The strength of the housing market is often a key indicator of the strength of the economy. But, the opposite is also true: a weak economy often filters through to create a weak housing market. With the current weak economy, a boost in confidence is needed and signs suggest that the housing market is beginning to recover.
While the picture of the housing market today is nothing like the pre-crisis view, things are beginning to look up. For a couple of years now, house price inflation in the UK has been very close, if not equal to zero. However, data from Nationwide Building Society suggests that in May, house prices rose by 0.4% and the once stagnant year-on-year change in house prices rose to 1.1% (see chart below: click here for a PowerPoint of the chart). This is the fastest it has grown since the end of 2011.
Commentators have suggested that this latest data is an indication that ‘the market is gaining momentum’. A further confirmation of this rejuvenated market came with the data that property sales were 5% up each month this year, than the average monthly level for 2012. Despite this improvement, they still remain well below the pre-crisis levels.
Which factors have contributed to this tentative recovery? Most households require a mortgage to purchase a house and, given the central role that the housing market played in the financial crisis with companies engaging in excessive lending as a means of expanding their mortgage books, the availability of mortgages fell. The number of mortgage approvals is likely to feed through to affect the number of house sales and these have improved in the first few months of 2013. Interest rates offered by lenders have also fallen, making mortgages more affordable, thus boosting demand. Furthermore, government assistance is available to help individuals put a deposit down on a house, by offering them an equity loan. Further measures are due to come into effect in January 2014, with the aim of providing a further boost to the housing market. The chief economist at Nationwide, Robert Gardner said:
Widespread expectations that the economy will continue to recover gradually in the quarters ahead, that interest rates will remain low, and the ongoing impact of policy measures aimed at supporting the availability and lowering the cost of credit all provide reasons for optimism that activity will continue to gain momentum in the quarters ahead.
Despite the optimism, the situation is different across the UK, with some areas benefiting more than others. London and the South-East are driving this 0.4% rise, whereas other areas may be in need of further assistance to keep pace (see The UK housing market: good in parts).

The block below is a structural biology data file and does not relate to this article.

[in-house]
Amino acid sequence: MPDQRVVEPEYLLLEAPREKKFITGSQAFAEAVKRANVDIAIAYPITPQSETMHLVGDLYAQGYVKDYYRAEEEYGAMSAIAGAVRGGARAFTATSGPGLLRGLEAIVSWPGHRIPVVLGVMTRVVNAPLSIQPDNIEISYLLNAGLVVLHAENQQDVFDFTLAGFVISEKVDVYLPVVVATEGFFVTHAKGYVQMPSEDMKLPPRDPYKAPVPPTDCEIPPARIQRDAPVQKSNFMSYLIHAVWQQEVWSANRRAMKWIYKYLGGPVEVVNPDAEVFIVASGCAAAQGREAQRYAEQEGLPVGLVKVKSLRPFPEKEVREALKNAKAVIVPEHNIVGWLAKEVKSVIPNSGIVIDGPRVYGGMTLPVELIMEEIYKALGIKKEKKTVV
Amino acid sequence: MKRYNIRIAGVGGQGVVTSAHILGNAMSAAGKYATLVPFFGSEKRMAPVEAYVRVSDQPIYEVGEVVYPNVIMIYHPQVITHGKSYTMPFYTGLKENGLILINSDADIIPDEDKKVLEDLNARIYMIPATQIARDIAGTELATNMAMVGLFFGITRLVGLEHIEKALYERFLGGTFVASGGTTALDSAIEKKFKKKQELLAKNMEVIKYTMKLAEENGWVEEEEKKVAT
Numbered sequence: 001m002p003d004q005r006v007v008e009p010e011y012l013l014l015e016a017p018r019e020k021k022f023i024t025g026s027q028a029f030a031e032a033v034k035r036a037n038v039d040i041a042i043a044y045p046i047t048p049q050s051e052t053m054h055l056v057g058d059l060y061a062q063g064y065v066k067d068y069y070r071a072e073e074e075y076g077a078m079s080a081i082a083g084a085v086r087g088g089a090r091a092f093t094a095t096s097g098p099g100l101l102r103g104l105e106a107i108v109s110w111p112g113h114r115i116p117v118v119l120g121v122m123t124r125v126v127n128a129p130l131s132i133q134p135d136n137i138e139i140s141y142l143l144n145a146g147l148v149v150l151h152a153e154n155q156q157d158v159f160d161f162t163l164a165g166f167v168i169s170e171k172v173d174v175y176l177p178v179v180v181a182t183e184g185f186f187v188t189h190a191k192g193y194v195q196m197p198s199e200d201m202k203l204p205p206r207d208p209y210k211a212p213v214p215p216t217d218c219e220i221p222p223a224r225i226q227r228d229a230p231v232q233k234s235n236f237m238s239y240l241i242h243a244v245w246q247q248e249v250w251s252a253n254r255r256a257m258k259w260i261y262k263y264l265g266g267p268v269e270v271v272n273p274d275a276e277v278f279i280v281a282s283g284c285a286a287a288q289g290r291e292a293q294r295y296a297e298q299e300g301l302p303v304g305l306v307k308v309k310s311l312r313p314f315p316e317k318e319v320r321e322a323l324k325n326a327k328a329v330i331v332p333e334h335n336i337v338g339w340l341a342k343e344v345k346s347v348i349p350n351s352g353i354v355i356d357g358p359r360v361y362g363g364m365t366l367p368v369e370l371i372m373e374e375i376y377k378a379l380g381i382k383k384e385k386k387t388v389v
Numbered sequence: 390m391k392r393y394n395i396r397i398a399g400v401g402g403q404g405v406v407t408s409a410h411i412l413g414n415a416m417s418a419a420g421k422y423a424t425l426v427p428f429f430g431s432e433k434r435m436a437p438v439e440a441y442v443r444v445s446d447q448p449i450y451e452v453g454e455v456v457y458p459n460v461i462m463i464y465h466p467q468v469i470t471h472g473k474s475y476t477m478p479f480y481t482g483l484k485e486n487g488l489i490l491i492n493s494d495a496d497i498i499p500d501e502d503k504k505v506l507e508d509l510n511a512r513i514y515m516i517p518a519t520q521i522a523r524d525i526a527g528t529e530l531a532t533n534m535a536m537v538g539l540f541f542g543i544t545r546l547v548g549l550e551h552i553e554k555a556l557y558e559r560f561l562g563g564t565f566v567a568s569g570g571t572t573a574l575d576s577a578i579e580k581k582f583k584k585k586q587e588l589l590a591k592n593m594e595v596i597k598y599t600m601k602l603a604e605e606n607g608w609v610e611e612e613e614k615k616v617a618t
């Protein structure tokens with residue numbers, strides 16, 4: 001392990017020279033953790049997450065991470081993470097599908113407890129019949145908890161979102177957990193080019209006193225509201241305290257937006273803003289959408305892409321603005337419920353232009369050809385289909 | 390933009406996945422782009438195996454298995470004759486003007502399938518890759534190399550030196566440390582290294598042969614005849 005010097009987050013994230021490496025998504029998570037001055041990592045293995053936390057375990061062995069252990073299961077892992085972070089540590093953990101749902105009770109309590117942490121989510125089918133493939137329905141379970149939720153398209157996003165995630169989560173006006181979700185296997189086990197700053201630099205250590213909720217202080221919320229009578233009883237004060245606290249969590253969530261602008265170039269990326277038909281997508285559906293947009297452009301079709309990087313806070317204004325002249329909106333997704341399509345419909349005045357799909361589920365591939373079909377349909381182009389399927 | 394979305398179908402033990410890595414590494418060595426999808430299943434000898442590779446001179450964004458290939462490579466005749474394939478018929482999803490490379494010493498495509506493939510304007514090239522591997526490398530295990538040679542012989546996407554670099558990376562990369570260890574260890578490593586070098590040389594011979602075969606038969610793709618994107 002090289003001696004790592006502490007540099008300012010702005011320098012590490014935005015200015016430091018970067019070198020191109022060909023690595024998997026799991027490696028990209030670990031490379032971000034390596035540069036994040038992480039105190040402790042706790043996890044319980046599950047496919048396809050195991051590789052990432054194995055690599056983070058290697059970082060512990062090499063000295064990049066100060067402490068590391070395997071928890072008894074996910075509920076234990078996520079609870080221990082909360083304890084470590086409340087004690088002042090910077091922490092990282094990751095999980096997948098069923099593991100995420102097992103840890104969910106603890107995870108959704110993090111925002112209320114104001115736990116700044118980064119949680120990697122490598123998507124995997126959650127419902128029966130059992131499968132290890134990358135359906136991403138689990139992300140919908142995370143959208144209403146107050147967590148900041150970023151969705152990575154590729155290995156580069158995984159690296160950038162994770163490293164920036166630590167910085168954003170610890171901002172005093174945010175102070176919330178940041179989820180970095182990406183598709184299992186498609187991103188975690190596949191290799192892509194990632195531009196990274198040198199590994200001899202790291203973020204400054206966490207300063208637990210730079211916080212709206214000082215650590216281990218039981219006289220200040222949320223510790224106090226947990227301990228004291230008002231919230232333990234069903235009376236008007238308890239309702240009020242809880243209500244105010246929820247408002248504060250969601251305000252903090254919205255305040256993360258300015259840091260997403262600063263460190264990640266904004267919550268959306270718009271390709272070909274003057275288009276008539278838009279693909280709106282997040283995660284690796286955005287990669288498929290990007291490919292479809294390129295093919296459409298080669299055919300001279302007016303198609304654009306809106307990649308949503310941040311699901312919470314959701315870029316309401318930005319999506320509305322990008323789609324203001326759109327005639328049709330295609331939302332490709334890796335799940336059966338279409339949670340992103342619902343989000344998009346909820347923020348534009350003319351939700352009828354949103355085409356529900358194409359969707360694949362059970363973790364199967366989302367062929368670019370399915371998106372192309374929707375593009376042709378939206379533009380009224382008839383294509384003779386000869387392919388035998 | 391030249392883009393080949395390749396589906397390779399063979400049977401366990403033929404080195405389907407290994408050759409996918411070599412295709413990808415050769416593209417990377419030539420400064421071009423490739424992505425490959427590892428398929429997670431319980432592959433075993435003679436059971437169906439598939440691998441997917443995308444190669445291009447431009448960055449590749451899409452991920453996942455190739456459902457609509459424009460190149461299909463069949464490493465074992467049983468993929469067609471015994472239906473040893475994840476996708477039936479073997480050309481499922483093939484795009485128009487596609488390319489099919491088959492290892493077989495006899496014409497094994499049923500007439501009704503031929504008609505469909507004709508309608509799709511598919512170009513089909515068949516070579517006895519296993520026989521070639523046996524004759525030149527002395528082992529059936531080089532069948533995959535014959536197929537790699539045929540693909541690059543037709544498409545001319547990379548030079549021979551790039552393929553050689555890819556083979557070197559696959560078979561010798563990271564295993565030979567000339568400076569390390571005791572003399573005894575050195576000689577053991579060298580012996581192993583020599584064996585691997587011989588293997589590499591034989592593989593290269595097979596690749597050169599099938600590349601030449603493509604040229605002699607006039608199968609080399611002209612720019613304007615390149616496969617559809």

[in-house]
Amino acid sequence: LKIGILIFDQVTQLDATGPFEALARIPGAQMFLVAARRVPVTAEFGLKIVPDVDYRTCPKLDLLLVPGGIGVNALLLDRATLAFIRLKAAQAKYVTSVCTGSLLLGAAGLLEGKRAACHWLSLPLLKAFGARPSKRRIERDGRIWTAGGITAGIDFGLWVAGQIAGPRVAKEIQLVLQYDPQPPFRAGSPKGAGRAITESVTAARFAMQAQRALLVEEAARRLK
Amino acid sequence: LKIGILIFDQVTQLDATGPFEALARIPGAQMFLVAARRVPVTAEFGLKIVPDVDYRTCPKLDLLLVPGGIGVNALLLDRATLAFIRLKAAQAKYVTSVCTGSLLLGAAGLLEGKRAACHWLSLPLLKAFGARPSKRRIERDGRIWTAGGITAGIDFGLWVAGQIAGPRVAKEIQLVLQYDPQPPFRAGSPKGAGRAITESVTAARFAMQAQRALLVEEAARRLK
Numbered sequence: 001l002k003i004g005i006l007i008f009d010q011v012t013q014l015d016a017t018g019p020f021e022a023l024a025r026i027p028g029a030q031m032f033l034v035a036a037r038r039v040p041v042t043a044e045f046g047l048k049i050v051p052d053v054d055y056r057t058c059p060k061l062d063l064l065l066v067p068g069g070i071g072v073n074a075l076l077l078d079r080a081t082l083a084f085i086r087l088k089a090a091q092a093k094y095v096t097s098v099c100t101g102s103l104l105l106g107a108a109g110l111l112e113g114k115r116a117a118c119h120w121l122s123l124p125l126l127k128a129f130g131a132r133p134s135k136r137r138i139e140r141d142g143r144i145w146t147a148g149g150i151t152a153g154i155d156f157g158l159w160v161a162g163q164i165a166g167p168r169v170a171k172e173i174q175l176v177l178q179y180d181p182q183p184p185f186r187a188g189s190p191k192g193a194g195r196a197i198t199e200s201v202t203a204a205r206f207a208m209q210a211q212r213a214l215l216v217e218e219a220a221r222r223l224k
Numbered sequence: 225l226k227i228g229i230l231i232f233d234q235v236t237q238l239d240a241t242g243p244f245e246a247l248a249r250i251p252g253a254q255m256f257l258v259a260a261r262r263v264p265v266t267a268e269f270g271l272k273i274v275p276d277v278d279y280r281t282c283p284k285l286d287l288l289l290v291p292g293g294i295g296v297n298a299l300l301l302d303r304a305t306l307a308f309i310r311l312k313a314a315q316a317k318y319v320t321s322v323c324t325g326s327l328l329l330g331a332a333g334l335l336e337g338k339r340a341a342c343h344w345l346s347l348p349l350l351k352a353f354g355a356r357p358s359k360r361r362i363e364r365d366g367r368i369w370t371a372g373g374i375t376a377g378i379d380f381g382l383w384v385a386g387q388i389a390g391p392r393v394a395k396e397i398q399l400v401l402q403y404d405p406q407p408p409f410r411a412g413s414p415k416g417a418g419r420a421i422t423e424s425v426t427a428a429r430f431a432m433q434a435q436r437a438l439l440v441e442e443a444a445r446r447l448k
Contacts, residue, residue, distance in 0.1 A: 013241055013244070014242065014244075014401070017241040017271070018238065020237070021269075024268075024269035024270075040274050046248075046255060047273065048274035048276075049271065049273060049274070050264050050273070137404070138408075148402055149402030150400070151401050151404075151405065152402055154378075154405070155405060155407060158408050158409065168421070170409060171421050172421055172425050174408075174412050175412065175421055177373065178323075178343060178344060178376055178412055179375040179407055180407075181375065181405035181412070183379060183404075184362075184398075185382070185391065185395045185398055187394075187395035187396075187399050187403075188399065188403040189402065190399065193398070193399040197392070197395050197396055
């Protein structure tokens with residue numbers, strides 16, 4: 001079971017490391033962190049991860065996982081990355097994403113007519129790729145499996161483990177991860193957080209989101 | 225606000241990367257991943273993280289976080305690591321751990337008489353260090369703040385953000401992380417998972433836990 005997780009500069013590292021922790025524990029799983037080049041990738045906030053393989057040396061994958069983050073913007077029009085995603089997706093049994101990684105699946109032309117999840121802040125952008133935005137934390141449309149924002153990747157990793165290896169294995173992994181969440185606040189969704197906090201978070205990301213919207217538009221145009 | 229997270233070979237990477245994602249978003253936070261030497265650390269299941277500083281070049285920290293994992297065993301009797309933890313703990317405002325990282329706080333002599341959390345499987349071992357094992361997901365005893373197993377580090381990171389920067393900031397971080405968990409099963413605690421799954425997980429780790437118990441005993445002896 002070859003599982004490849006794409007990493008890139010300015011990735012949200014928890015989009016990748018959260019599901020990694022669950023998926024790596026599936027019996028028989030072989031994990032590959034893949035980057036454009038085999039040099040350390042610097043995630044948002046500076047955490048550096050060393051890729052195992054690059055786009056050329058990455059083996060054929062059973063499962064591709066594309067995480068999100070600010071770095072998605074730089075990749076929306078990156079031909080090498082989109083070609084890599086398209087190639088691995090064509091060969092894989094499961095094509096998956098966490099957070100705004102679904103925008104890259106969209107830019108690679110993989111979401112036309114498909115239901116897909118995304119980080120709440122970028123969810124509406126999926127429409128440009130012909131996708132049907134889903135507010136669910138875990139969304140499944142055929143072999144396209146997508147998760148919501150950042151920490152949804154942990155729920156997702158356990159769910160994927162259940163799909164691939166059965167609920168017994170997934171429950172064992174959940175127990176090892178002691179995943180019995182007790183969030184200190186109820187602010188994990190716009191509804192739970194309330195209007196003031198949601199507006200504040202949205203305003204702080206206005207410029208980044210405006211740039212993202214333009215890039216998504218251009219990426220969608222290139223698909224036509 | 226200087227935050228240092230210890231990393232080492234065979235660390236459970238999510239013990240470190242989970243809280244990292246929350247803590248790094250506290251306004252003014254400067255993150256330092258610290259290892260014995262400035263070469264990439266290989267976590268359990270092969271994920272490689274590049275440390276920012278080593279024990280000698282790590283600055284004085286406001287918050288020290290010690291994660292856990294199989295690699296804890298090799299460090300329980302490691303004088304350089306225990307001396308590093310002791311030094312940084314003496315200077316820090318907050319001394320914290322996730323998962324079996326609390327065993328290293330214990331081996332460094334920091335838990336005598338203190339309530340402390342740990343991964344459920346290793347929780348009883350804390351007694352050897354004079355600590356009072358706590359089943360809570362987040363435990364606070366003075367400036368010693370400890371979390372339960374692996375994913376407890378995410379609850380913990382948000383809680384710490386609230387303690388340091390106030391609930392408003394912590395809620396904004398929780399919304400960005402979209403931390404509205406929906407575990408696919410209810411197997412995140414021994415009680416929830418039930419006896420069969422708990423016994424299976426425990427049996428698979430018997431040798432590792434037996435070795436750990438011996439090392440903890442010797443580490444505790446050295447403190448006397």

Although these latest data may be a sign of things to come, it is also possible that things could go the opposite way. Incomes remain low; employment data are hardly encouraging; and the spectre of inflation is always there. Perhaps most importantly, consumer confidence remains fragile and until that gains momentum, uncertainty will continue to plague the UK marketplace. The following articles consider this issue.
UK house prices again up in May, says Nationwide The Guardian, Hilary Osborne (30/5/13)
Housing market could boost retail industry, Kingfisher says The Telegraph, Graham Ruddick (30/5/13)
UK house prices see modest rise, says Nationwide BBC News (30/5/13)
Hugh’s Review: House prices in spotlight BBC News, Hugh Pym with Yolande Barnes of Savills and Matthew Pointon of Capital Economics (31/5/13)
House prices are racing ahead as stimulus for the market kicks in Independent, Russell Lynch (31/5/13)
’Pick up’ in house prices recorded in sign of market confidence, says Nationwide Independent, Vicky Shaw (30/5/13)
House prices at highest level for nearly two years as confidence in UK economy grows and mortgages get cheaper This is Money, Matt West (30/5/13)
Stamp duty is ‘choking’ housing market as it rises seven times faster than inflation over last 15 years Mail Online, Tara Brady (28/5/13)
Nationwide launches Help to Buy mortgages The Telegraph, William Clarke (29/5/13)
UK home prices rise most in 18 months, Nationwide says Bloomberg, Jennifer Ryan (30/5/13)
House price data
Links to house price data The Economics Network
Statistical data set – Property transactions Department of Communities and Local Government
Nationwide house price index Nationwide Building Society
Halifax House Price Index Lloyds Banking Group
Lending to individuals – November 2012 Bank of England
- How is the equilibrium determined in the housing market? Using a demand and supply diagram, illustrate the equilibrium. Make sure you think about the shapes of the curves you’re drawing.
- Which factors affect the demand for and supply of housing?
- Why are there regional variations in house prices?